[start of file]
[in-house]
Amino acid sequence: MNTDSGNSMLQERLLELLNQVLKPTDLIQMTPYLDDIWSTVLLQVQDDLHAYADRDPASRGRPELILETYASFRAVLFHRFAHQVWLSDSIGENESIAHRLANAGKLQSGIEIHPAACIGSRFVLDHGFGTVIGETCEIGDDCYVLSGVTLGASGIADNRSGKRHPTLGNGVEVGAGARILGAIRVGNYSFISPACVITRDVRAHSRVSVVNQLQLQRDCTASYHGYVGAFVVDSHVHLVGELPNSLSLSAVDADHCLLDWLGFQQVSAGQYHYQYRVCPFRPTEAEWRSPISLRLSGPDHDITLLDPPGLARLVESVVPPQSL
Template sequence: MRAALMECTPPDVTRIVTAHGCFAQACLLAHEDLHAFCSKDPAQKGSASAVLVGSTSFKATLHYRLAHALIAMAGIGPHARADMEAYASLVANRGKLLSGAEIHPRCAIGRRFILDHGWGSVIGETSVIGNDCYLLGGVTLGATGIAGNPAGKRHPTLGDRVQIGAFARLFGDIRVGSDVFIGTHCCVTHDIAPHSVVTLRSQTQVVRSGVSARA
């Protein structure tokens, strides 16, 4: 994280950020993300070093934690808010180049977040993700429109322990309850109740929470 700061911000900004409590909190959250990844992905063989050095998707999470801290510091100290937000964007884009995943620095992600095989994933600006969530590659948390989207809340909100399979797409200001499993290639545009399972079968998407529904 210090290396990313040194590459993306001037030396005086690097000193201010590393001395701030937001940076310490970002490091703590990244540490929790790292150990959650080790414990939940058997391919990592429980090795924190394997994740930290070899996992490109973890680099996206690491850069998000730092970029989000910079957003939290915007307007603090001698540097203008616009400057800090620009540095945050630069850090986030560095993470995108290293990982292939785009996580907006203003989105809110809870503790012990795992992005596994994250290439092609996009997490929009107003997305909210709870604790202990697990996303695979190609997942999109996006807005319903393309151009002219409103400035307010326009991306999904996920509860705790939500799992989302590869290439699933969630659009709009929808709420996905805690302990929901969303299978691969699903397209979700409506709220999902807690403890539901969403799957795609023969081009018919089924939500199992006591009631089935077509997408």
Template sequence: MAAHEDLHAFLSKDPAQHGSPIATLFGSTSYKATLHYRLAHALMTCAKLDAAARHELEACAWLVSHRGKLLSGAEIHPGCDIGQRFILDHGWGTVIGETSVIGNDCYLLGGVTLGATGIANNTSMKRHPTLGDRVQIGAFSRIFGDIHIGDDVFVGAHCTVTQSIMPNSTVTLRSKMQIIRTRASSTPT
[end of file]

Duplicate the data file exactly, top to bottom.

[in-house]
Amino acid sequence: MNTDSGNSMLQERLLELLNQVLKPTDLIQMTPYLDDIWSTVLLQVQDDLHAYADRDPASRGRPELILETYASFRAVLFHRFAHQVWLSDSIGENESIAHRLANAGKLQSGIEIHPAACIGSRFVLDHGFGTVIGETCEIGDDCYVLSGVTLGASGIADNRSGKRHPTLGNGVEVGAGARILGAIRVGNYSFISPACVITRDVRAHSRVSVVNQLQLQRDCTASYHGYVGAFVVDSHVHLVGELPNSLSLSAVDADHCLLDWLGFQQVSAGQYHYQYRVCPFRPTEAEWRSPISLRLSGPDHDITLLDPPGLARLVESVVPPQSL
Template sequence: MRAALMECTPPDVTRIVTAHGCFAQACLLAHEDLHAFCSKDPAQKGSASAVLVGSTSFKATLHYRLAHALIAMAGIGPHARADMEAYASLVANRGKLLSGAEIHPRCAIGRRFILDHGWGSVIGETSVIGNDCYLLGGVTLGATGIAGNPAGKRHPTLGDRVQIGAFARLFGDIRVGSDVFIGTHCCVTHDIAPHSVVTLRSQTQVVRSGVSARA
């Protein structure tokens, strides 16, 4: 994280950020993300070093934690808010180049977040993700429109322990309850109740929470 700061911000900004409590909190959250990844992905063989050095998707999470801290510091100290937000964007884009995943620095992600095989994933600006969530590659948390989207809340909100399979797409200001499993290639545009399972079968998407529904 210090290396990313040194590459993306001037030396005086690097000193201010590393001395701030937001940076310490970002490091703590990244540490929790790292150990959650080790414990939940058997391919990592429980090795924190394997994740930290070899996992490109973890680099996206690491850069998000730092970029989000910079957003939290915007307007603090001698540097203008616009400057800090620009540095945050630069850090986030560095993470995108290293990982292939785009996580907006203003989105809110809870503790012990795992992005596994994250290439092609996009997490929009107003997305909210709870604790202990697990996303695979190609997942999109996006807005319903393309151009002219409103400035307010326009991306999904996920509860705790939500799992989302590869290439699933969630659009709009929808709420996905805690302990929901969303299978691969699903397209979700409506709220999902807690403890539901969403799957795609023969081009018919089924939500199992006591009631089935077509997408």
Template sequence: MAAHEDLHAFLSKDPAQHGSPIATLFGSTSYKATLHYRLAHALMTCAKLDAAARHELEACAWLVSHRGKLLSGAEIHPGCDIGQRFILDHGWGTVIGETSVIGNDCYLLGGVTLGATGIANNTSMKRHPTLGDRVQIGAFSRIFGDIHIGDDVFVGAHCTVTQSIMPNSTVTLRSKMQIIRTRASSTPT